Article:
Adapting Tolstoy’s famous opening line about families to business: “every unsuccessful business is unsuccessful in different ways.” One way that I’ve encountered in numerous settings is the disconnect between corporate goals and the work that people do every day. As we’ve come to understand employee motivation more completely over the years through the work of authors like Daniel Pink, being able to tie daily tasks to larger objectives or a shared sense of purpose improves retention and performance.
But setting corporate goals is a difficult process because, by necessity, they are big. How can we phrase them in a way that is actionable — so that regular Joe and Jane can come to work each morning, do their best, and make a measurable difference? It’s a tough challenge, but surely the most profitable company in the world has this figured out…let’s see what we can learn from ExxonMobil’s goals!
Here are some excerpts taken from the 2011 Corporate Citizenship Report, which highlights performance and goals in six areas. Below are the first statements under “what we plan to do” for each of those areas:
- Environmental Performance: “Continue to implement recommendations on improving oil spill response capabilities”
- Managing Climate Change Risks: “Continue to improve energy efﬁciency by at least 10 percent between 2002 and 2012 across our worldwide reﬁning and chemical operations”
- Safety, Health, and the Workplace: “Continue to learn from personnel and process safety performance metrics to help achieve our goal that Nobody Gets Hurt”
- Corporate Governance: “Continue to recruit highly qualiﬁed non-employee directors”
- Economic Development: “Partner with the United Nations Foundation to develop a report examining the most effective investments to advance women’s economic empowerment”
- Human Rights and Managing Community Impact: “Continue to review existing practices toward making appropriate adjustments relative to expectations under the U.N. Framework and Guiding Principles on Business and Human Rights”
Those are some high level, long term goals, and as the largest company in the world, they should be. But coming to work every day, how many of the 82,000 employees can make a direct contribution to these? The answer is none — not when the individual’s goals are worded this way. The critical step that leaders at all levels, in companies large or small, must take is to translate high-level business goals into aligned, measurable goals within an individual’s span of control.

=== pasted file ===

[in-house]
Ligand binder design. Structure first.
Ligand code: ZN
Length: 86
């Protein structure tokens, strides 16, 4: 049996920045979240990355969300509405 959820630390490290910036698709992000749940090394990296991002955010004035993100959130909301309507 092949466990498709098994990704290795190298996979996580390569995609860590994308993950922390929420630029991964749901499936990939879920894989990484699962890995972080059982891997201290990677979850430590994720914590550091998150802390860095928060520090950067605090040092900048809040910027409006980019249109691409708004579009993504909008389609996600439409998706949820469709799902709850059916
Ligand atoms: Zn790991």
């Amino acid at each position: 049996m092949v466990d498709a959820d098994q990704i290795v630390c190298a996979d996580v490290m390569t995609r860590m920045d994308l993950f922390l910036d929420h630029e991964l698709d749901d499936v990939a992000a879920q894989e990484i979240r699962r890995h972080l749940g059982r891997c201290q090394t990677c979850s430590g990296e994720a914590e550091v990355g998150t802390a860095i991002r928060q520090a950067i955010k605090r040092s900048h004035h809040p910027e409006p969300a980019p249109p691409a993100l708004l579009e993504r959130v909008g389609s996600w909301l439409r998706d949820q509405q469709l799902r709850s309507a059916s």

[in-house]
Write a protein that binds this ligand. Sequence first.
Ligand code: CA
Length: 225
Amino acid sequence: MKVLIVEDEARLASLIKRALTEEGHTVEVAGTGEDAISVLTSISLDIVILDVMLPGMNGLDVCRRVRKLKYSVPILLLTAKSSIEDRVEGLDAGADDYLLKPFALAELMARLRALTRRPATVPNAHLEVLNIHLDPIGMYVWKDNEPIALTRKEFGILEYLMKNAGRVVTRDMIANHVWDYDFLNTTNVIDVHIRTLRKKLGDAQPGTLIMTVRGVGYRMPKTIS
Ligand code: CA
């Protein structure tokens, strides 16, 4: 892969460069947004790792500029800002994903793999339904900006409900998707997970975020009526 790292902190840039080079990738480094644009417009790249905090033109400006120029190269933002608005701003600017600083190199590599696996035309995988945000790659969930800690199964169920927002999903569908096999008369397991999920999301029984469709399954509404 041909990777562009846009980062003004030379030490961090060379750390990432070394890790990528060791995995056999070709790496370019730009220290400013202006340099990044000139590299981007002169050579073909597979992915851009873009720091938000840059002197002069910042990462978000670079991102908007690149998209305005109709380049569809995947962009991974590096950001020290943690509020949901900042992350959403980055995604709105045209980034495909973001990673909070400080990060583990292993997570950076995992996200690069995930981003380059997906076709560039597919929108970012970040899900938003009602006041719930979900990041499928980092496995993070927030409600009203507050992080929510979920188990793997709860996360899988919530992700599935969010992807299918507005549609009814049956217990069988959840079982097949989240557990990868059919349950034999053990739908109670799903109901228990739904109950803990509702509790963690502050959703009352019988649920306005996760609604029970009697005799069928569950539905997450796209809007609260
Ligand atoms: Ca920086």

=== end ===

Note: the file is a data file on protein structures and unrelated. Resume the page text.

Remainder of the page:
How to do this? Just like you’d knock down a wasps nest: very carefully and with plenty of preparation. I’ll oversimplify in to these four steps; if you’re interested in a more complete set of instructions, please reach out to some of the folks in my network listed below who do this for a living.
- Set your overall organizational goals in specific measurable terms. For example, grow free cash flow at 20% CAGR for the next 3 years.
- Decompose the high-level goals into the measurable sub-goals based on how the system works. In the example above, the major levers on free cash flow are profit, net capital expenditure, and net change in working capital. At the next level of detail, the major drivers of profit are revenue and operating expenses; the major drivers of CAPEX are the number of capital projects and the size/schedule of each. Continue to expand out these measurable sub-goals until you reach tangible metrics that can be influenced by leadership teams and individual contributors (things like revenue from specific customers, OEE, and expenses by category).
- Measure the gaps and set targets for the detailed goals so that they add up to meet the overall goals. It’s math. This is the easy part compared to the next step.
- Have a series of conversations with your leadership teams and individual contributors to agree the targets, improvement projects, and timelines so that people understand the numbers, how they are mutually dependent, and take ownership of the outcome. These conversations can be truly defining moments for organizations.
But don’t take my word for it – seek out the advice of some talented folks who have made goal setting and translation a focus of their careers.
- Mike Bell‘s new venture Envisio is a fantastic online tool helping organizations set and achieve goals
- Ken Allen and his colleagues at MetaPower describe and can help facilitate this process
- Chapter 3 of Ray Floyd‘s book A Culture of Rapid Improvement